Formerly "Ori-Engine" is an hobby project of mine. Target is an Rust/Vulkan engine for games and visualization software.
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A small engine written in rust + Vulkan.


Since I am kind of a idealist I moved the whole project including the sub crates to Gitlab:



The target of this engine is, to have a safe and fast, but still visually beautiful engine which works on most modern PC systems. The speed should be supplied by the parallel nature of the engine. It will have at least 4 different loops which will manage different aspects of the engine and its systems.

  1. rendering loop
  2. asset management
  3. physics (TODO)
  4. input

In addition the system will spawn threads for workloads like config-loading or mesh importing / streaming.


The engine should be as safe as possible. Which mostly means it shouldn't crash. The safety is supplied mostly through two design decisions:

  1. it uses Rust which is "safe" by design
  2. it uses Vulkano for interaction with Vulkan, which will be safe as well in the future

My target is to handle most of the non fatal errors and at least end the system controlled if something happens.

Graphical target

The graphical target is defined by these key points:

  • PBR shading (no IBL yet)
  • normal mapping
  • parallax occlusion mapping
  • HDR rendering with dynamic eye adaption
  • dynamic lighting (point, spot and directional lights for now)
  • clustered light culling for spot and point lights (currently in world space)
  • bloom
  • DOF
  • translucency
  • masked materials
  • cascaded shadow maps for unlimited dynamic lights
  • single cascade shadows for point and spot lights
  • dynamic ambient cube-map for run time IBL and reflections (like GTA V)

This will be accomplished by static Shaders + different material definition for now. In later development this system could be changed to a UE4 type material system with different Shader components.

Graphics Showcase


Kinda latest video

Asset management

Meshes, cameras and lights

All of the assets will be grouped in different managers as Arc<Mutex<T>> components, for instance all meshes. There is a scene manager who saves different hierarchical "scenes" of those assets. For example a light which is parent to a mesh and a camera which is saved as a scene "wall_lamp". This has the advantage of being able to modify one of the meshes in the mesh manager and simultaneously changing all of its references as well.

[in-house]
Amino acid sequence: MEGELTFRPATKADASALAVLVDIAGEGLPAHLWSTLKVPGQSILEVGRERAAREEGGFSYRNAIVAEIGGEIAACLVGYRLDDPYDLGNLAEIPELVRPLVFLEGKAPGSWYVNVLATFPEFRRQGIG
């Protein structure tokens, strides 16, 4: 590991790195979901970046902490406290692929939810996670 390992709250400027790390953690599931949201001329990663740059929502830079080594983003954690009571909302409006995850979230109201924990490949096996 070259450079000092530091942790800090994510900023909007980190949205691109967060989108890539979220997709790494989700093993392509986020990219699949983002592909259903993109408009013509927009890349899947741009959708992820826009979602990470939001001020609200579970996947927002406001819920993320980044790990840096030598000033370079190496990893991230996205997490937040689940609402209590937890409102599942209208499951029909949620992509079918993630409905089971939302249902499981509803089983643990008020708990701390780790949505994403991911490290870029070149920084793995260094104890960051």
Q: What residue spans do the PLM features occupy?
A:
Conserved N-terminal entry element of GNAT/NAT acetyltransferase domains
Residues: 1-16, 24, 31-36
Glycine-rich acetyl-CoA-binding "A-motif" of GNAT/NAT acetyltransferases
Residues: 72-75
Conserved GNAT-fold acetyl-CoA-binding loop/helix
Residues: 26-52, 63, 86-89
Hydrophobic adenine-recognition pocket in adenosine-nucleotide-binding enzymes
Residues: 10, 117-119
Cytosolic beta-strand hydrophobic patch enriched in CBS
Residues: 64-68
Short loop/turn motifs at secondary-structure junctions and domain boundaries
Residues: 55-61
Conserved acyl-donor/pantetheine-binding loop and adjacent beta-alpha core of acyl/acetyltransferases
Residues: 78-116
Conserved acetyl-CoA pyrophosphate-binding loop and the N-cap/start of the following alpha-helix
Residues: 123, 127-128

This scene trees are 1-n trees for now. So every parent can have n children. The Node types are hard coded for now but will be changed to a Arc in the future. Have a look at the JakarTree repository if you want to know more. I took inspiration from the Godot-engine for the scene system.

Other assets

The meshes usually have a material attached which consists of several textures. Those are manged by a TextureManager. Each material can request one of the stored textures as a Arc<Texture> and then use it in one of the slots. This way no texture needs to be loaded twice. The MaterialManager works similar, it takes the created materials and provides Arc<Mutex<Material>> copies upon request.


There is currently no documentation hosted, but you can do

cargo doc --open

to build the documentation yourself. The index.html will be saved to


The documentation is not complete but at least describes most of the functions and systems. If you need any clarification, open a pull request.


Pull the git repository via

git clone

then do

cargo build

to compile.

If you want to start the engine with a scene, first download a gltf 2.0 files somewhere and provide its path in the main function of the simple example (around line 70). Then do:

cargo run --examples simple --release

to run an example application.

Note: You'll need to have Vulkan capable drivers installed


You can decide if you want to use MIT or Apache License, Version 2.0.